Finally, the Court of Appeal considered whether or not it could strike through or “blue pencil” the offending wording and give effect to the remaining covenant.  It held that it could not since this would involve changing part of a covenant and severance could only ever be applied to sever an entire covenant rather than part of a single covenant.  The judge held that the court had no business creating a valid covenant in order to replace an impermissibly wide one which an employer had sought to impose.

  • The starting position remains that all post-termination restrictions are automatically void on the grounds of public policy since they amount to a restraint of trade.  The court will only enforce them where the employer can demonstrate that they are needed to protect a legitimate business interest.
  • The onus is on the employer to justify the protection (invariably by showing that the employee had access to highly confidential information which would, in the hands of a competitor, give them an unfair advantage in the market).  To assess reasonableness the court will consider the forward-looking expectation of the parties at the point the covenant was entered into. This is why it is important for employers to regularly evaluate and update restrictive covenants particularly when an employee is promoted.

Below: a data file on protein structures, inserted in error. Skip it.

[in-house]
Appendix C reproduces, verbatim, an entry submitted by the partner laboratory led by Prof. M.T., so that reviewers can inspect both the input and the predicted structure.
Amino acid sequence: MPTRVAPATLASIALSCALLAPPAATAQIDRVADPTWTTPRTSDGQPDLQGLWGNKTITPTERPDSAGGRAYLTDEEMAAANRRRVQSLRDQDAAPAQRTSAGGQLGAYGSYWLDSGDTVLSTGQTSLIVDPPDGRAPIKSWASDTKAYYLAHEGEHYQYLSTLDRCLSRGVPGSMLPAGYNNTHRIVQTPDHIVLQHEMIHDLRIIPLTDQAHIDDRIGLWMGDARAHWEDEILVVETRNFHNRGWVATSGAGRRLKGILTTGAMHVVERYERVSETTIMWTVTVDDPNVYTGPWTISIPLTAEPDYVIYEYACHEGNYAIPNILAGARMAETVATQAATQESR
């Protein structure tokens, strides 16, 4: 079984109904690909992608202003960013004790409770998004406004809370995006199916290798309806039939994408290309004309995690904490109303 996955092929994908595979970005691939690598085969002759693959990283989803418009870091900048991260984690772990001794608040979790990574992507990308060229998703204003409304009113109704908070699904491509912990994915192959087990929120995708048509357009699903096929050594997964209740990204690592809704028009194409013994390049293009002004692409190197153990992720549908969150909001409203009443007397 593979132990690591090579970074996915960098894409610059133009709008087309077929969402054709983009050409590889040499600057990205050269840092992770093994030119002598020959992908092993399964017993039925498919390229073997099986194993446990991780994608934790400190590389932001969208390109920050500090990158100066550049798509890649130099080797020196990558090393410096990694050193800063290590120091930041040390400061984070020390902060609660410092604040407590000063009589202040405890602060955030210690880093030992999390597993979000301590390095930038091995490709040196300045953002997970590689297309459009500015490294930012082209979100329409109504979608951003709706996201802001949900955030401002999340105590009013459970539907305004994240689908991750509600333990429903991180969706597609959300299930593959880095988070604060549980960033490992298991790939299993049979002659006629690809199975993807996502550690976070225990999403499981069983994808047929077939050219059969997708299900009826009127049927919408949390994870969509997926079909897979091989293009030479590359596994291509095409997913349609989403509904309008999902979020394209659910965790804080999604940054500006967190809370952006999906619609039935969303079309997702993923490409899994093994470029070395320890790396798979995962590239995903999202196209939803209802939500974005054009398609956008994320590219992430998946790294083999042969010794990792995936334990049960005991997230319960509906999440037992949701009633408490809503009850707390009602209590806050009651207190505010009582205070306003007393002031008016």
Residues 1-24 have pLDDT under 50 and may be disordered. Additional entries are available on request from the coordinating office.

• Interestingly the Court of Appeal is due to consider a similar covenant shortly in the case of Tradition v Gamberoni. This covenant also purports to exclude an “interest” in a competitor in circumstances where the employee would have been entitled to hold a limited shareholding during their employment.  It remains to be seen if the court will follow the approach in the EZ case.  In the meantime, we would encourage clients to check their own restrictions to establish whether similar issues exist which might prevent their enforcement.
  • Whilst Ms Tillman only managed to secure an eight-day head start before her covenant was due to lapse in any event on 30 July, the issue is unlikely to rest there. In order to secure an injunction from the High Court, EZ would have needed to provide a cross-undertaking in damages. It is likely therefore that Ms Tillman will claim relief against EZ for the period she was unable to join her new employer in addition to seeking reimbursement of her legal costs. The implications for EZ are likely to be significant.

Michael McCartney, Partner, Fladgate LLP (mmccartney@fladgate.com)